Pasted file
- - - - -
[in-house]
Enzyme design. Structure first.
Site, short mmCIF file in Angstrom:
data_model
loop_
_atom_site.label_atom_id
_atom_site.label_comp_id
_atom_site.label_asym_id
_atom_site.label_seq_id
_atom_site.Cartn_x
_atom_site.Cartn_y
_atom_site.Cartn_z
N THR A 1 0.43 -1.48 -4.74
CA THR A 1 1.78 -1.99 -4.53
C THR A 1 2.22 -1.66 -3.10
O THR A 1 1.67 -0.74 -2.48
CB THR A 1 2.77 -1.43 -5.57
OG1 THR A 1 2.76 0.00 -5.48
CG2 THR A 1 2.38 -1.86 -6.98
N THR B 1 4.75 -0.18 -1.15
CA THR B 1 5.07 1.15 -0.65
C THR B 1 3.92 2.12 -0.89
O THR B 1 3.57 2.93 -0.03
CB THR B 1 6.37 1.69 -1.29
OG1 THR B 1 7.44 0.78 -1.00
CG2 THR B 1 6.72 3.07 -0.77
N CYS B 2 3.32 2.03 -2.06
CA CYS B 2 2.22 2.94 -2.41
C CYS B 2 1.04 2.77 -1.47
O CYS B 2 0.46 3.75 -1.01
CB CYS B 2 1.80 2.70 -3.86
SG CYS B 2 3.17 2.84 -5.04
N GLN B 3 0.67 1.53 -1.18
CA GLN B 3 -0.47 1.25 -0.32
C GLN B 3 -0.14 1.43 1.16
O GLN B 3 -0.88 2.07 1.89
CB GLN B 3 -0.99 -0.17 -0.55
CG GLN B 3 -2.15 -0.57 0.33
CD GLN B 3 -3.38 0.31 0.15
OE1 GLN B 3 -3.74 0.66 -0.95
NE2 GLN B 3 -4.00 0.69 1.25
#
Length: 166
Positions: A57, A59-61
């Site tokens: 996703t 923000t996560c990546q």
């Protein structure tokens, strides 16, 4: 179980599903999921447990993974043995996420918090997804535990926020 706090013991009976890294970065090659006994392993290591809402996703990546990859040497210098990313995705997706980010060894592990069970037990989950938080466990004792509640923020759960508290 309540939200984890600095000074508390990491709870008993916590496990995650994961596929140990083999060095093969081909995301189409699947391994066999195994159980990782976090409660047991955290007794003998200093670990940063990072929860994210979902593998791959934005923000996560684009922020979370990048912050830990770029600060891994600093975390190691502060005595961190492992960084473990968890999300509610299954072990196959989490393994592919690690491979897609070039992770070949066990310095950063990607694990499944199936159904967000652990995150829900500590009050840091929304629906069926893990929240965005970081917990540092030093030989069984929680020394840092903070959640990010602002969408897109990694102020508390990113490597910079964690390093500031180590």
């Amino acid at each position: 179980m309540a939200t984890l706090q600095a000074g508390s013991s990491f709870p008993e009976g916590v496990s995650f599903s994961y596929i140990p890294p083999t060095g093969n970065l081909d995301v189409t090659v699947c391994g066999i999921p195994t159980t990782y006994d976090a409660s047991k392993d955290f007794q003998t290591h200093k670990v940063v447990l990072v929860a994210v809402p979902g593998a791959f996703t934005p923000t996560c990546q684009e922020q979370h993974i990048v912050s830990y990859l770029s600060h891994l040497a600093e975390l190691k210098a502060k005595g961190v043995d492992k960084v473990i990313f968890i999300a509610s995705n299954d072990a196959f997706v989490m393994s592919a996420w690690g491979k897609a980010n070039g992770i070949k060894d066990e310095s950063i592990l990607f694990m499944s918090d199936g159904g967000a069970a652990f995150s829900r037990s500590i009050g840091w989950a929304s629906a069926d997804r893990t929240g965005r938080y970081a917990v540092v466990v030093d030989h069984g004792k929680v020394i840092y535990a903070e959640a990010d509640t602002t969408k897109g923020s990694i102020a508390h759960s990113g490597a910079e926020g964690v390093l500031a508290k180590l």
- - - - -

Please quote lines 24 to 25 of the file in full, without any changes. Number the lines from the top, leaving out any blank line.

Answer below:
CB THR B 1 6.37 1.69 -1.29
OG1 THR B 1 7.44 0.78 -1.00